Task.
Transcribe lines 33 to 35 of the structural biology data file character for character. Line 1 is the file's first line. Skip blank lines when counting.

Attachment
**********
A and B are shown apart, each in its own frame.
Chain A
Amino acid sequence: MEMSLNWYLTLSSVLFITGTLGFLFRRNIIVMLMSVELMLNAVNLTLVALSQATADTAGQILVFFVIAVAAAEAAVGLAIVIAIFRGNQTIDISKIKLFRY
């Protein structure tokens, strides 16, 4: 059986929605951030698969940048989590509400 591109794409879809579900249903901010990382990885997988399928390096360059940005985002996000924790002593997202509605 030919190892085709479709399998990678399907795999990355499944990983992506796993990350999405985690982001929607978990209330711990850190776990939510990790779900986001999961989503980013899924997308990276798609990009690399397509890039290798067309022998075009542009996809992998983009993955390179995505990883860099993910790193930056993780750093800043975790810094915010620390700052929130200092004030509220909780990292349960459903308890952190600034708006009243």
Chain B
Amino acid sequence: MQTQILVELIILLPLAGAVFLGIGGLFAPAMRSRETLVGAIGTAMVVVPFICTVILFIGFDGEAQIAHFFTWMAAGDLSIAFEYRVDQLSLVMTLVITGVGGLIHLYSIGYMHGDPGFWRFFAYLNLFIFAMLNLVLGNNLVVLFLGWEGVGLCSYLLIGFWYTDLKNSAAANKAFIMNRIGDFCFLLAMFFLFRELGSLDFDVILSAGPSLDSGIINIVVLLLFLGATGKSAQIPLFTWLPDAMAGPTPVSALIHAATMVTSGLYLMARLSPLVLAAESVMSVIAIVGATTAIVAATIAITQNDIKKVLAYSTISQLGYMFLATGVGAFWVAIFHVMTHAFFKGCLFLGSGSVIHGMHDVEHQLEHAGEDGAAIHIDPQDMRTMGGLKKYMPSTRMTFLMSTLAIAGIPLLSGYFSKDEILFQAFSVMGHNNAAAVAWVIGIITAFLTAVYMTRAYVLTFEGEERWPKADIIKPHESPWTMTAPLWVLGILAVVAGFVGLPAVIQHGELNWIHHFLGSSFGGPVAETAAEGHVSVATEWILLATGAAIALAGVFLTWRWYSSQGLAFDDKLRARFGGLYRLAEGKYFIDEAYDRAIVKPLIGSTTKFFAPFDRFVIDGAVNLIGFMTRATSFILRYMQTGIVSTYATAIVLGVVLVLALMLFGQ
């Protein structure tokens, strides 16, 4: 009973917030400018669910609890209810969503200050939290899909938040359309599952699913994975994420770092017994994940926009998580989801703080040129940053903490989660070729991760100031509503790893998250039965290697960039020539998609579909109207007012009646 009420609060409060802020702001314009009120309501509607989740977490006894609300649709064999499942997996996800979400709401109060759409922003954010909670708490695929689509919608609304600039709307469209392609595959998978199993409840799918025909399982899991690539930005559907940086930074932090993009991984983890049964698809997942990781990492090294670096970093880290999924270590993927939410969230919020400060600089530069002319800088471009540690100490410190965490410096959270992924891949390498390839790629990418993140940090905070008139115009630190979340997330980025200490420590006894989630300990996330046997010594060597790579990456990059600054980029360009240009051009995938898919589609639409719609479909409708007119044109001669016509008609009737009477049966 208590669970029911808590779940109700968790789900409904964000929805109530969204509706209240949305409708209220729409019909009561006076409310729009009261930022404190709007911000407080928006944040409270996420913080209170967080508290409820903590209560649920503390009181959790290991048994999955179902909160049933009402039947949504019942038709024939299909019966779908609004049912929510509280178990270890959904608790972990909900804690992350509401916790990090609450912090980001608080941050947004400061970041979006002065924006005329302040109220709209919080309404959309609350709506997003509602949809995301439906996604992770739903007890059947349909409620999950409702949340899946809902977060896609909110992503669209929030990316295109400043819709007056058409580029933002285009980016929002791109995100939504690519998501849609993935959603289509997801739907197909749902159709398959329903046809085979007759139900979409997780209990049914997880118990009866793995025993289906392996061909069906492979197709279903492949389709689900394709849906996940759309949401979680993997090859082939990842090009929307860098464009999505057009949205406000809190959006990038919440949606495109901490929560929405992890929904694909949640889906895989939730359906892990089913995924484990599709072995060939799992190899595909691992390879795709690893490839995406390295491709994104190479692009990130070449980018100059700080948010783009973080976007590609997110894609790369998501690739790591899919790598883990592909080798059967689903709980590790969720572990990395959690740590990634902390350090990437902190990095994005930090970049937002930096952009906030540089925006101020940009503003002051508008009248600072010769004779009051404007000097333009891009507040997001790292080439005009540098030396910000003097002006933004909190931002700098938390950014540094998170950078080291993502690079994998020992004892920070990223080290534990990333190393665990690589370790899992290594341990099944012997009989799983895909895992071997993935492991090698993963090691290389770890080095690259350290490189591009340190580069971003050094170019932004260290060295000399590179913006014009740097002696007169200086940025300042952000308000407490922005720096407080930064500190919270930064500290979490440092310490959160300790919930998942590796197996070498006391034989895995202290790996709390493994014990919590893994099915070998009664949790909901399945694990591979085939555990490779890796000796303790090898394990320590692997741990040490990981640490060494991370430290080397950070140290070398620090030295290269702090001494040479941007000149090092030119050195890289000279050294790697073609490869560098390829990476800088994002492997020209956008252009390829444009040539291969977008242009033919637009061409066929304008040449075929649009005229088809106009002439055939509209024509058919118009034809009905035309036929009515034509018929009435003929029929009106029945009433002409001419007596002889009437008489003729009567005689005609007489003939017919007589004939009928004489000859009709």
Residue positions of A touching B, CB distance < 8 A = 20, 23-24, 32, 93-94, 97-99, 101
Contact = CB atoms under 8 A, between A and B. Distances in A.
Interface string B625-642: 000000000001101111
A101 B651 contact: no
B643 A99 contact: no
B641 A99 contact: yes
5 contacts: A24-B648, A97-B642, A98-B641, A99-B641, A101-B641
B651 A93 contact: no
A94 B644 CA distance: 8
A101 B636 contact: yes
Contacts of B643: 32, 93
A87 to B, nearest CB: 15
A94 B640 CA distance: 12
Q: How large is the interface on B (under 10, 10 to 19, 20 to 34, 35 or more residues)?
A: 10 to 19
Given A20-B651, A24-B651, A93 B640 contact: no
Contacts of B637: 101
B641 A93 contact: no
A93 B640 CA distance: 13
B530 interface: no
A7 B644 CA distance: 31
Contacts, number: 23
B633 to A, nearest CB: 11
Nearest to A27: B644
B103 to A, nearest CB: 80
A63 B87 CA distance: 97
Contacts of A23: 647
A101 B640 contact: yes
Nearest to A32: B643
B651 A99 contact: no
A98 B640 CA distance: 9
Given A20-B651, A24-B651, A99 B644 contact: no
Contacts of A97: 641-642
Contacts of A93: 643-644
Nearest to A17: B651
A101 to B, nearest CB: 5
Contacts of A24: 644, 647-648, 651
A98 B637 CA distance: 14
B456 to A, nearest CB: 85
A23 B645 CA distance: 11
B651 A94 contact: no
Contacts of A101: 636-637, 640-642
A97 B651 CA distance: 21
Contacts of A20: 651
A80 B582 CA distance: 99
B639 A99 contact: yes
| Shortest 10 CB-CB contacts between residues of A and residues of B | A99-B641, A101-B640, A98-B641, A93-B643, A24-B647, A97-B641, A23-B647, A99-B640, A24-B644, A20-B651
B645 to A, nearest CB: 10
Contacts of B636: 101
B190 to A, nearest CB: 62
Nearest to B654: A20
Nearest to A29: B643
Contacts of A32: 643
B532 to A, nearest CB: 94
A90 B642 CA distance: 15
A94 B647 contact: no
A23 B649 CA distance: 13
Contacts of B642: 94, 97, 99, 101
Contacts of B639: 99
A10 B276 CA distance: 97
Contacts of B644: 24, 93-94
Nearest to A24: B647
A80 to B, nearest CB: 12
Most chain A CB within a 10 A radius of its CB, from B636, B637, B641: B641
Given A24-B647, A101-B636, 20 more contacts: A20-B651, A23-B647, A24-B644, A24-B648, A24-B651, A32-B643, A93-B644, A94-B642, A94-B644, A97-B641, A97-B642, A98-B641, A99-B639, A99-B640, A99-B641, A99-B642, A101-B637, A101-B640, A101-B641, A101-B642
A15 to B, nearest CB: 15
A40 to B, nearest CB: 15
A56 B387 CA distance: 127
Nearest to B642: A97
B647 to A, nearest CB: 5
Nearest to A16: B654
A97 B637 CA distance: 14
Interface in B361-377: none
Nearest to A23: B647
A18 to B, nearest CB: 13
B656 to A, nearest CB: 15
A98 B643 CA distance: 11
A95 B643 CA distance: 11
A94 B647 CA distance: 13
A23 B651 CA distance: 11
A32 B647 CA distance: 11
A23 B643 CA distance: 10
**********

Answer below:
A63 B87 CA distance: 97
Contacts of A23: 647
A101 B640 contact: yes